Building An All-Time Steelers’ Team, Non-Hall of Famers Edition: Quarterback

The offseason makes for the perfect time to introduce some fun series here at Steelers Depot.

You’re undoubtedly reading Alex Kozora’s scouting profiles on current Steelers, as well as Matthew Marczi’s exit interviews and stock reports on players throughout the Pittsburgh Steelers’ roster. So today, I thought I’d throw my hat into the ring and introduce a new series I’ve been kicking around for some time.

Obviously, the Steelers have a long, illustrious history with a plethora of Hall of Famers in its history. You’ve seen the All-Time teams that have been built that has included Hall of Famers, but what about building a Steelers All-Time Team, excluding Hall of Famers?

Sounds fun, right? I thought so too.

Today, I’m going to kick off the series, which will run all offseason long. Just some parameters that I will lay out in each article of this series in case readers jump into it at any point and want to understand how and why this team is being put together. I am using non-Hall of Famers, but Hall of Honor players in Steelers’ history are eligible.

That does mean I am keeping guys like Ben Roethlisberger and James Harrison off this list, as I believe they both are locks to get into Canton in the near future. I will keep Hines Ward eligible, though, because I don’t think he’ll make it into the Hall of Fame.

Offensively, I will set it up using 11 personnel, meaning one running back, one tight end, no fullback, and three wide receivers, mainly because I would want to see this group play in today’s game.

Defensively, I’m using the traditional 3-4 scheme, so no slot cornerback or anything like that. Just a base 3-4. I’ll also select a kicker, punter, and return specialist, giving me 25 players to write about.

Does that make sense? Hopefully I laid that out clear enough.

With that said, today I will start at the quarterback position. The decision to ultimately go with the player I chose was a difficult one, but I think it gives this all-time team the best opportunity to compete.

That quarterback? Kordell Stewart.

Stewart was vastly underrated in Pittsburgh, as he was a true dual-threat quarterback that was well ahead of his time. If he were playing in today’s game, he’d be a superstar. Instead, “Slash” came along in the late 90s where the expectation was you were a drop back, pocket passer or you were nothing at all.

Stewart, in a sense, changed the game for the Steelers under offensive coordinator Chan Gailey in 1997 as Stewart finally got his shot at quarterback. That season, Stewart helped pilot the Steelers to an 11-5 record as he threw for 3,020 yards and 21 touchdowns, though he did turn the ball over at an alarming rate, throwing 17 interceptions that season. That said, Stewart did a lot of damage on the ground, rushing for 476 yards and 11 touchdowns as the Steelers reached the AFC Championship Game.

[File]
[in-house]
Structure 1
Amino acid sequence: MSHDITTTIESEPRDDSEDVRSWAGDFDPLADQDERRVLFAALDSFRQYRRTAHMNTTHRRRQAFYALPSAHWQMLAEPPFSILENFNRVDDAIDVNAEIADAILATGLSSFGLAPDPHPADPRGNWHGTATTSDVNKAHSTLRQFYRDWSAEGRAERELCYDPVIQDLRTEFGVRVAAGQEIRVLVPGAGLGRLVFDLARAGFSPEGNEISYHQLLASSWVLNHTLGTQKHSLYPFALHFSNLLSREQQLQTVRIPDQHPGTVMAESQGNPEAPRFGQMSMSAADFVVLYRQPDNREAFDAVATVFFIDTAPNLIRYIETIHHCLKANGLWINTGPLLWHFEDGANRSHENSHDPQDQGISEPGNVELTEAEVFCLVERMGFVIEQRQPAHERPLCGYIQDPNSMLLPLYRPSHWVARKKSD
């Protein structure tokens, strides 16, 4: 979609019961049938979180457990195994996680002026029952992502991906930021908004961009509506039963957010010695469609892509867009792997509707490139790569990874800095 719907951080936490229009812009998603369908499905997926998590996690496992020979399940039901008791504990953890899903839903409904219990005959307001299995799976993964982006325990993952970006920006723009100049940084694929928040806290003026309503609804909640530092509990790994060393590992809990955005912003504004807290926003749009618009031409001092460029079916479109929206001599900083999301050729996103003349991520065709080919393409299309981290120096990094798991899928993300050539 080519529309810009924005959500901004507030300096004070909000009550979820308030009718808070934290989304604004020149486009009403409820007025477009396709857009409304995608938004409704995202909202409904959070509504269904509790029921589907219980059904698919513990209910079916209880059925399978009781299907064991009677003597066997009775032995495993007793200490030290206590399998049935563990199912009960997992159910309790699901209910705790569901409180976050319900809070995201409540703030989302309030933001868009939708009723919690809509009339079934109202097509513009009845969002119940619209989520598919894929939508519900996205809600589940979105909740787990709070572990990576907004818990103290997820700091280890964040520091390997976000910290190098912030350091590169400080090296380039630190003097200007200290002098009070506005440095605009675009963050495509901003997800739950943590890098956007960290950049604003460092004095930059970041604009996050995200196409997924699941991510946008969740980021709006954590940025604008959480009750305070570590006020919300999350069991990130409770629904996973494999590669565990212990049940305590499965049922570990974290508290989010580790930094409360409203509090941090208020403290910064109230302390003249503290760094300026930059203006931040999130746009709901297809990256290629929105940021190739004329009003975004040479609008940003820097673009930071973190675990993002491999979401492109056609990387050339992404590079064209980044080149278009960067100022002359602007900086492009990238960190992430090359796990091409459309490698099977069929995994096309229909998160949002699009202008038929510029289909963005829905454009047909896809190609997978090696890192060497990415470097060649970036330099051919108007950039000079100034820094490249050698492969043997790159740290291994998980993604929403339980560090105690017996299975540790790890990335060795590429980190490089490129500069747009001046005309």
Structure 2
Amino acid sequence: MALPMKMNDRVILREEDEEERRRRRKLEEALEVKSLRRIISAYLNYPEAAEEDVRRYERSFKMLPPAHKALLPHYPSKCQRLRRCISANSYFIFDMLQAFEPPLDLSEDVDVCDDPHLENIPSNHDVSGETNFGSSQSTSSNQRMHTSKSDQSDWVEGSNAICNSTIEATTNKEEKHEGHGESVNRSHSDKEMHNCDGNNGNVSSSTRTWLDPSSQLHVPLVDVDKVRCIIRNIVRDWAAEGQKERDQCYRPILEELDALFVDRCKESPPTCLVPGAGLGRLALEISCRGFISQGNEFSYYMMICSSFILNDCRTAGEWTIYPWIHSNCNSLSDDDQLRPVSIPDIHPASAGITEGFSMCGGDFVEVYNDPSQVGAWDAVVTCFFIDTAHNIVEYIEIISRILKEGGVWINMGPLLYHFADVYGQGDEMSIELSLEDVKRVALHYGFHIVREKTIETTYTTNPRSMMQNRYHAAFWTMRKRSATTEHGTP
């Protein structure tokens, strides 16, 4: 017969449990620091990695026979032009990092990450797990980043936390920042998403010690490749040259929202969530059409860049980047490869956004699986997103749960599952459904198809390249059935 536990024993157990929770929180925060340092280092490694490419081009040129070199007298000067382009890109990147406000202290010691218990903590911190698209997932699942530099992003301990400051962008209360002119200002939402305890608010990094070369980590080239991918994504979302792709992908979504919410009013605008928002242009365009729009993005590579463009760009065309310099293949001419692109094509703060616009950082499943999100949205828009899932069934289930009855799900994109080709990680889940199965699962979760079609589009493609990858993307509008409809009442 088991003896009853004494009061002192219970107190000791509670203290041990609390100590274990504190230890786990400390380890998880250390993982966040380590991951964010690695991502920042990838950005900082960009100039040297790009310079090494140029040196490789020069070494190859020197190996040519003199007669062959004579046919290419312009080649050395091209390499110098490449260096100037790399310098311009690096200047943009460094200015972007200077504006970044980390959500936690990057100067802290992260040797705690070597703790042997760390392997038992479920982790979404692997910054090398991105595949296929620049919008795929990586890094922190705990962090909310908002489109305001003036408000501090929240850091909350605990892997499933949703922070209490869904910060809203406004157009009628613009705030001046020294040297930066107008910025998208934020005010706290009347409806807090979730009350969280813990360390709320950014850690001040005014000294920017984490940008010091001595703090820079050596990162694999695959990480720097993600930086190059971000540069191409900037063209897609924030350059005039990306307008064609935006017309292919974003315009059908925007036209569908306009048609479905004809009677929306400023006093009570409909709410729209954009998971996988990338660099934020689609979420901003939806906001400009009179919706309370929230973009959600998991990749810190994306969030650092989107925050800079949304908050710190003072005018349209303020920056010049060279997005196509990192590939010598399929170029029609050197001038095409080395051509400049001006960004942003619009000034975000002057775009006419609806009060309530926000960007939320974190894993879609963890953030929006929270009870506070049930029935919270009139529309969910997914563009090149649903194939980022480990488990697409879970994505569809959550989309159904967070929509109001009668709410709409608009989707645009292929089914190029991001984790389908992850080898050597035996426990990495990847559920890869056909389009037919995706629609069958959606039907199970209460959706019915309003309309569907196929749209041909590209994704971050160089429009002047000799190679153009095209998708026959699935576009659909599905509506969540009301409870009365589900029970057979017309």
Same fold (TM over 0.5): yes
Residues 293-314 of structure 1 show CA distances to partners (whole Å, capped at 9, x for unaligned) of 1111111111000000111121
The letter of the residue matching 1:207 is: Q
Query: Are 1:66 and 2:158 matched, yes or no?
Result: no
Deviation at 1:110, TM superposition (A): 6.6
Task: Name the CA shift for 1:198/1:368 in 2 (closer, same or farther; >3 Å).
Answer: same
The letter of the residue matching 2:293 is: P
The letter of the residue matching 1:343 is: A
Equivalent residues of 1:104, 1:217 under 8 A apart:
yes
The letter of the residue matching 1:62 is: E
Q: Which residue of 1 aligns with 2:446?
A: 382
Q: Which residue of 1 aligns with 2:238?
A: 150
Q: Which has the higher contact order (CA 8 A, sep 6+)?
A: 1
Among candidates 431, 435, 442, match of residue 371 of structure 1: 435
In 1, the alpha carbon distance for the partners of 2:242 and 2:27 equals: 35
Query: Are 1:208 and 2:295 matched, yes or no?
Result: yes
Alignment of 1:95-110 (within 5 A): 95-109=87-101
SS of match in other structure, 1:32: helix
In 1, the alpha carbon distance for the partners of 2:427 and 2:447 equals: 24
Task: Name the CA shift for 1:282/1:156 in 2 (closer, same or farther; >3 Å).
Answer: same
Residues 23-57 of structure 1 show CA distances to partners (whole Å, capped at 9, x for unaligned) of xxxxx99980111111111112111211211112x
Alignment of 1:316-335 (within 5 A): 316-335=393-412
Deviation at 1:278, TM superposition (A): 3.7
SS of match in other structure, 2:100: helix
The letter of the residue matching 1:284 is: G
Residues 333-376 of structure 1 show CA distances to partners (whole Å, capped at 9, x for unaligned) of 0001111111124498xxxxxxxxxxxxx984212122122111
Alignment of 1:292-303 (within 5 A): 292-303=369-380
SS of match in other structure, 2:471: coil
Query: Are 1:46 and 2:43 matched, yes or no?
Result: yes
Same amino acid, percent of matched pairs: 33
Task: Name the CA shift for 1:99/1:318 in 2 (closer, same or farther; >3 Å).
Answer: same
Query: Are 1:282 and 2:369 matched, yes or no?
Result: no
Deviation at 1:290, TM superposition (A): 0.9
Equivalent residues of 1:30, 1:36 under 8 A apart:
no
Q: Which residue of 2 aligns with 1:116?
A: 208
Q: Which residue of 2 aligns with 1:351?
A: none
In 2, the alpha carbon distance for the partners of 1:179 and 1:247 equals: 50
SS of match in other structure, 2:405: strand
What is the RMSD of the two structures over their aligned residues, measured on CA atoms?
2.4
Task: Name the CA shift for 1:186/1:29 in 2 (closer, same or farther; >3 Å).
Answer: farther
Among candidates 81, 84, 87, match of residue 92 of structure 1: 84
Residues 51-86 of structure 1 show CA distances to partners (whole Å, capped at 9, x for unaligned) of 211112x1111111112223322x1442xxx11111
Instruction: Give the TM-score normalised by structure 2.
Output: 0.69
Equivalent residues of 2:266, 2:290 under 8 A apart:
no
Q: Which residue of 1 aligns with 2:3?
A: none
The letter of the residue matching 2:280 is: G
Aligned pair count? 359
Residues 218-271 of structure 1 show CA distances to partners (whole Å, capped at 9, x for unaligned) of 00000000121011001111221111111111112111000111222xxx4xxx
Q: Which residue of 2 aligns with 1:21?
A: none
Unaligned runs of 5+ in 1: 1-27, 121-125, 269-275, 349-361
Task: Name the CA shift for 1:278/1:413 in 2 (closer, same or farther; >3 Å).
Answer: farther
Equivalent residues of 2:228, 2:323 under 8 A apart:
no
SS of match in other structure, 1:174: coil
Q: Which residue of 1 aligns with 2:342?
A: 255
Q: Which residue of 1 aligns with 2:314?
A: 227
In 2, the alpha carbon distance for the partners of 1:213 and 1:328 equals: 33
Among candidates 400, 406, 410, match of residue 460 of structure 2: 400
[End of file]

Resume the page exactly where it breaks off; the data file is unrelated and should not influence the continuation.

Though Stewart imploded in the 1997 AFC Championship Game against the Denver Broncos, throwing three interceptions and losing a fumble, the future looked rather bright for the young dual-threat quarterback.

Instead, Gailey left for the Cowboys and Stewart’s top receiver in Yancy Thigpen left in free agency for Tennessee, leaving Stewart without his offensive coordinator and his Pro Bowl receiver. Stewart and the Steelers struggled in 1998 and 1999, leading to the Steelers bringing in Kent Graham for the 2000 season, ultimately naming the veteran quarterback the starter to open the season.

That proved disastrous as the Steelers got off to a 1-3 start and Graham got hurt, forcing Stewart back into the lineup. Miraculously, the Steelers recovered from that dreadful start to finish 9-7, just missing the playoffs.

Stewart’s performance in the 2000 season ultimately led to his true breakout in 2001, as he led the Steelers to a 13-3 record, throwing for 3,109 yards, 14 touchdowns and 11 interceptions, and added a career-high 537 rushing yards and five touchdowns as the Steelers reached the AFC Championship Game once again.

Things fell apart in the AFC Championship Game again for Stewart, as he threw another three interceptions and fumbled twice, losing one as the Patriots stunned the top-seeded Steelers, 24-17.

Though the performances in the pair of AFC Championship Games by Stewart left a sour taste in the mouths of Steelers fans, looking back on Stewart’s career all these years later shows just how talented and ahead of his time he truly was.

During his eight-year career with the Steelers, Stewart threw for 13,328 yards, 70 touchdowns and 72 interceptions. Those numbers don’t look great overall, but when you add in the 2,561 rushing yards and 35 touchdowns on the ground, you get to see the bigger picture with Stewart. Like I wrote earlier, if he plays in today’s game, he’s a true star, much in the same vein of a Lamar Jackson-type.

Heck, Stewart even earned MVP votes in 2001, and was voted into the Pro Bowl that season. He truly was a special talent. It’s a shame he was never given a full shot at the starting job, passing from three seasons in which he started all 16 games. Two of those three seasons resulted in trips to the AFC Championship Game.

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